Work Health and Safety (National Uniform Legislation) Act
The introduction of the new Work Health and Safety (National Uniform Legislation) Act ensures a nationally consistent approach of protection for the health, safety and welfare of workers in all states and territories from hazards and risks arising from work as is reasonably practicable.
Under the new work health and safety (WHS) laws, effective from 1 January 2012, the term ‘employers’ will be replaced by ‘persons conducting a business or undertaking’ (PCBU) and ‘employees’ will be replaced by ‘workers’.
The model Work Health and Safety (WHS) laws have been implemented in all jurisdictions other than Victoria and Western Australia.
In Victoria, workplace health and safety is governed by a system of laws, regulations and compliance codes which set out the responsibilities of employers and workers to ensure that safety is maintained at work.
The Occupational Health and Safety Act 2004 (the Act) is the cornerstone of legislative and administrative measures to improve occupational health and safety in Victoria.
The Act sets out the key principles, duties and rights in relation to occupational health and safety. The general nature of the duties imposed by the Act means that they cover a very wide variety of circumstances, do not readily date and provide considerable flexibility for a duty holder to determine what needs to be done to comply.
The Occupational Health and Safety Regulations 2007 are made under the Act. They specify the ways duties imposed by the Act must be performed, or prescribe procedural or administrative matters to support the Act, such as requiring licenses for specific activities, keeping records, or notifying certain matters.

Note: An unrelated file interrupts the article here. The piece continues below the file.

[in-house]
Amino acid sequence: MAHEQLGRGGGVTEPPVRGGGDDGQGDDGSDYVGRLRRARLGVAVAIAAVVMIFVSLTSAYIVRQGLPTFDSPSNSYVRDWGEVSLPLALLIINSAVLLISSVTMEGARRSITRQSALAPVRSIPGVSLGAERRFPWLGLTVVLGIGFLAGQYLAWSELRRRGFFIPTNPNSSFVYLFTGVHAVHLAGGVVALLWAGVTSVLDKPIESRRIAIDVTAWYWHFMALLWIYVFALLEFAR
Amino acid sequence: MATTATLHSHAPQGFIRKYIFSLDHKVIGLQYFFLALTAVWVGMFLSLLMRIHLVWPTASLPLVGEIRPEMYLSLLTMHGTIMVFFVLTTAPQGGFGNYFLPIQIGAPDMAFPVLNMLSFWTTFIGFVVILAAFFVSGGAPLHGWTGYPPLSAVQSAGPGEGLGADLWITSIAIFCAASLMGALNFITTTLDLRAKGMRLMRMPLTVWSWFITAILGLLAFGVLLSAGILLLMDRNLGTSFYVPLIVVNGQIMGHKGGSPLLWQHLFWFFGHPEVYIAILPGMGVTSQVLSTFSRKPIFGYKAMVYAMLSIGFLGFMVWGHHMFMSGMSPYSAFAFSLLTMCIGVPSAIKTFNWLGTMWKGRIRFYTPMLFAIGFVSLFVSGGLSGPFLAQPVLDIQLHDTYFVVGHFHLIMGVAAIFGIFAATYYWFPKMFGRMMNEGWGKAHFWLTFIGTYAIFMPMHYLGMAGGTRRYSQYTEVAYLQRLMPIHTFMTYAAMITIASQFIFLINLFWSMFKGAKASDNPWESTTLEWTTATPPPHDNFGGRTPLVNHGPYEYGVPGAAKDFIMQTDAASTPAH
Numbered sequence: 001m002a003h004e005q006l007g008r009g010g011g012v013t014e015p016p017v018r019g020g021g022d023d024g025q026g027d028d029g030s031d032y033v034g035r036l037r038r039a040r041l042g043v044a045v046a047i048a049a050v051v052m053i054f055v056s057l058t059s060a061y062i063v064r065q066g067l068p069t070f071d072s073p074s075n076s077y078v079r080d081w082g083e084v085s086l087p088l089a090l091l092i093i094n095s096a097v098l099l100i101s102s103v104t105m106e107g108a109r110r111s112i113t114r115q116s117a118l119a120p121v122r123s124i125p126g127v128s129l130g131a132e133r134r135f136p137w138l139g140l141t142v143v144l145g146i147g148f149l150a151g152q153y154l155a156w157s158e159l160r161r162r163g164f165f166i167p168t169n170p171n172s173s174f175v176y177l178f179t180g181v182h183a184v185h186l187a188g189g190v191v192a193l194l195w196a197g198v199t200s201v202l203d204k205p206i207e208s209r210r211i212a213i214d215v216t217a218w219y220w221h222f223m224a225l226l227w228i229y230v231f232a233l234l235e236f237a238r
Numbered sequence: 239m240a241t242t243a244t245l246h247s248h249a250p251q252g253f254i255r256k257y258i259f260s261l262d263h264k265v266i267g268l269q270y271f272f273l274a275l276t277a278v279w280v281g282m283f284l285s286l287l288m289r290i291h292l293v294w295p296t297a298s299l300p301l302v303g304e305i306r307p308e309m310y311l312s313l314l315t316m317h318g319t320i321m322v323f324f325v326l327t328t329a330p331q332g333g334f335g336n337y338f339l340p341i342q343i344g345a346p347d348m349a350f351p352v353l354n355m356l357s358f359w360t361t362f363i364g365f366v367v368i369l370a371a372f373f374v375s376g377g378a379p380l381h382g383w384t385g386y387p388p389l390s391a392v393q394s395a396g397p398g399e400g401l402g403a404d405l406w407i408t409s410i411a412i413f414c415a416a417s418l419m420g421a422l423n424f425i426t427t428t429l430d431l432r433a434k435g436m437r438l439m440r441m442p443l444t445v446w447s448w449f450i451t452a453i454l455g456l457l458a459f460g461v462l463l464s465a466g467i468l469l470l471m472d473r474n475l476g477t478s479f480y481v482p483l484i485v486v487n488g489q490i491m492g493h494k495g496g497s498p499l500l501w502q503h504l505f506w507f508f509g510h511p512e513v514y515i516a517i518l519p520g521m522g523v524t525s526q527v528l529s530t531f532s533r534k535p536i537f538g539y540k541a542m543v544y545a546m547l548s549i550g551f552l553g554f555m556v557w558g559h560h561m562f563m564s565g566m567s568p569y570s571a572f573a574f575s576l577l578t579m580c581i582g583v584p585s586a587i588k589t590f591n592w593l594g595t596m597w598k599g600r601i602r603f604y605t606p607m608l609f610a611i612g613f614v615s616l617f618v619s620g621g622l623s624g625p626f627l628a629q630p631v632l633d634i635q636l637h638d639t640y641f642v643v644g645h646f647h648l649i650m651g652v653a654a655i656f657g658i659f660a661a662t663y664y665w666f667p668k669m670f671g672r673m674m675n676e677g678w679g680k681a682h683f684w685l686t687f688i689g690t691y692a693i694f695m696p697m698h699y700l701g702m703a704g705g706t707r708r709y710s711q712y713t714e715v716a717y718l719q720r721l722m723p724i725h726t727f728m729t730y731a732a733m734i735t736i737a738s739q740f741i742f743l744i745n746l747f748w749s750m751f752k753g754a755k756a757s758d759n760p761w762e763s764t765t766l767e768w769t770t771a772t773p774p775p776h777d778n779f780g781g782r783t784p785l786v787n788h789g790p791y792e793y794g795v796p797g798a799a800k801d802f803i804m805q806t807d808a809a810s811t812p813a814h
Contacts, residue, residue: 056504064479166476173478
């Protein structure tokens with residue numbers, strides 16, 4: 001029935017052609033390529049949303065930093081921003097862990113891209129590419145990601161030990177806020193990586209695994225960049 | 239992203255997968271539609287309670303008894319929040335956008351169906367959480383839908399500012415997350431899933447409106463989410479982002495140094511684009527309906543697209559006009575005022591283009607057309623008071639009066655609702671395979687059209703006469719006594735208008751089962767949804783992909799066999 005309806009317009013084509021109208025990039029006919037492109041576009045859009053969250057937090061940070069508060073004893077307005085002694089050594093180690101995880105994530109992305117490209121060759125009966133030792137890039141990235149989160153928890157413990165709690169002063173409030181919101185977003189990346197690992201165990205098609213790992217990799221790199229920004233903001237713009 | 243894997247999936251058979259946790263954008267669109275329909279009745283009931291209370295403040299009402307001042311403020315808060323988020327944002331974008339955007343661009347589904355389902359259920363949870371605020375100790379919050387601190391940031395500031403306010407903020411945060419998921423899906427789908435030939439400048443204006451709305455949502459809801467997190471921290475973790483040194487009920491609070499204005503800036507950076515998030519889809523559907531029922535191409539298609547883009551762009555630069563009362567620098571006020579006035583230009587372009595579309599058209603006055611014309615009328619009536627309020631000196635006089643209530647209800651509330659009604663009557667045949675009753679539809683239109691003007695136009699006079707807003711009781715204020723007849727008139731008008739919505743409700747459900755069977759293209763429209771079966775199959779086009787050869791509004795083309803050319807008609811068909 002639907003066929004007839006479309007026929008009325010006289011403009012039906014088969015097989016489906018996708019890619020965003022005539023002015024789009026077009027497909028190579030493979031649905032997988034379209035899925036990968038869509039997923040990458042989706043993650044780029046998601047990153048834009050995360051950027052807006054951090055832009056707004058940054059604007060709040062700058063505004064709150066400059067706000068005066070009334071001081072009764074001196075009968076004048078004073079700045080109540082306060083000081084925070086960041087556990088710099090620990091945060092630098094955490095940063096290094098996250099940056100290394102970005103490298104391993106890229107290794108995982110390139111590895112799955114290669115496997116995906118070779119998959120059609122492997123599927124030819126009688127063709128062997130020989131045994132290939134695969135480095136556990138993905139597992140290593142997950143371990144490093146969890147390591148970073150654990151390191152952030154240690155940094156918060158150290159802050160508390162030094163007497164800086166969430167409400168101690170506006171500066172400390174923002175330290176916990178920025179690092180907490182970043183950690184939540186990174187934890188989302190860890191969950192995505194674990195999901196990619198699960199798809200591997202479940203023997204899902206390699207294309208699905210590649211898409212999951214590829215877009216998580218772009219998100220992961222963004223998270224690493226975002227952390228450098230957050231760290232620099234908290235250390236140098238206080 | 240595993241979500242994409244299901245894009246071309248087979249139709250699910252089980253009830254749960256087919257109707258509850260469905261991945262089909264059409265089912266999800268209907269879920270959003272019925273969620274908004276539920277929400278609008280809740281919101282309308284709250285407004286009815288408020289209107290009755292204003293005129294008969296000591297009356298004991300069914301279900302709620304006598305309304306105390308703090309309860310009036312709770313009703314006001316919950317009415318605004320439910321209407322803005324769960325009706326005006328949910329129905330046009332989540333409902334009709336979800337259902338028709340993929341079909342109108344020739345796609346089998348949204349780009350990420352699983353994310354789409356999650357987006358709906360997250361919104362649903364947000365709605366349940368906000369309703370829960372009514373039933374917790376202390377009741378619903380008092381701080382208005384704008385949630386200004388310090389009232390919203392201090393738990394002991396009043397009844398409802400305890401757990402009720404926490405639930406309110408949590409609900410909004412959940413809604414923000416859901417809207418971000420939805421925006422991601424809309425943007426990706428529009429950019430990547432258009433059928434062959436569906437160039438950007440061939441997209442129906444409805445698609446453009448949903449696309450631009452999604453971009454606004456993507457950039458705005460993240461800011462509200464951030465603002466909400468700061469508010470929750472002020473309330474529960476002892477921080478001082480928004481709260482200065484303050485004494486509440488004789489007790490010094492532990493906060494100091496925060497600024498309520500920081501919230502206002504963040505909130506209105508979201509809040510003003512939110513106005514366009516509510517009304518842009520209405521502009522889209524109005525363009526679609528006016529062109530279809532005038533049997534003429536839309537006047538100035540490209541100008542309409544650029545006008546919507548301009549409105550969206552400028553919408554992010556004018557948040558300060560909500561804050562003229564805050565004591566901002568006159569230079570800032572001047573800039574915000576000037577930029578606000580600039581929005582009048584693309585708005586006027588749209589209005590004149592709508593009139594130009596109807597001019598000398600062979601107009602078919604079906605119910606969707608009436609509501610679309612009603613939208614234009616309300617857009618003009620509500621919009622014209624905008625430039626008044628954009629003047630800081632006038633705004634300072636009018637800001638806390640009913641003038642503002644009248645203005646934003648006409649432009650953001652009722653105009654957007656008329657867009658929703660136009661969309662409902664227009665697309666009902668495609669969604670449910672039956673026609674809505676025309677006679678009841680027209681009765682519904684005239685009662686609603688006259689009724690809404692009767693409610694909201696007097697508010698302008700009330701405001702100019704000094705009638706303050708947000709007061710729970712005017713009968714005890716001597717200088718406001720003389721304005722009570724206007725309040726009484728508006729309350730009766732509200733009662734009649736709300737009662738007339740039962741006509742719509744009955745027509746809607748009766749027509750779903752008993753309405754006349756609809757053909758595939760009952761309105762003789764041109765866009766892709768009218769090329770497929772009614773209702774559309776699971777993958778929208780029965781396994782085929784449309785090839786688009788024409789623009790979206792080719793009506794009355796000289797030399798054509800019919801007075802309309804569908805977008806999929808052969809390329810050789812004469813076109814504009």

Western Australia Legislation
Safety and health in Western Australian workplaces is regulated by the Occupational Safety and Health Act 1984 (the OSH Act) and the Occupational Safety and Health Regulations 1996 (the OSH regulations) supported by codes of practice and guidance notes.
Duty of Officers
The duty of officers is to exercise due diligence to ensure compliance by their bodies. Due diligence means:
- to acquire and keep up-to-date knowledge of work health and safety matters;
- to gain an understanding of the nature of the operations of the business or undertaking of the body and generally of the hazards and risks associated with those operations;
- To ensure that the body has available for use, and uses, appropriate resources and processes to enable hazards that are associated with the operations of the business or undertaking of the body to be identified and risk associated with those hazards to be eliminated or minimized;
- to ensure that the body has appropriate processes for receiving and considering information regarding incidents, hazards and risks and responding in a timely way to that information;
- to ensure that the body has, and implements, processes for complying with any duty or obligation of the body under this Act; and
- to verify the provision and use of these resources and processes.
The new laws have increased in penalties for breach of health and safety duties that cause death or serious injuries.The highest penalty under the WHS Act is for a category 1 offence. The maximum penalty is $3 million for a corporation. The highest penalties for individual PCBUs and officers are $600,000 or 5 years jail. Category 1 – most serious breaches, for a duty holder who recklessly endangers a person to risk of death or serious injury.
- Corporation: $3m
- Individual as a PCBU or an officer: $600k / 5 years jail
- Individual e.g. worker: $300k / 5 years jail
Category 2 – failure to comply with a health and safety duty that exposes a person to risk of death, serious injury of illness.
- Corporation: $1.5m
- Individual as a PCBU or an officer: $300k
- Individual e.g. worker: $150k
Category 3 – failure to comply with a health and safety duty.
- Corporation: $500k
- Individual as a PCBU or an officer: $100k
- Individual e.g. worker: $50k.
HSEMA delivers practical workplace health and safety solutions for all types of industries and can assist you to meet your legal and moral obligations to ensure a safe and healthy workplace.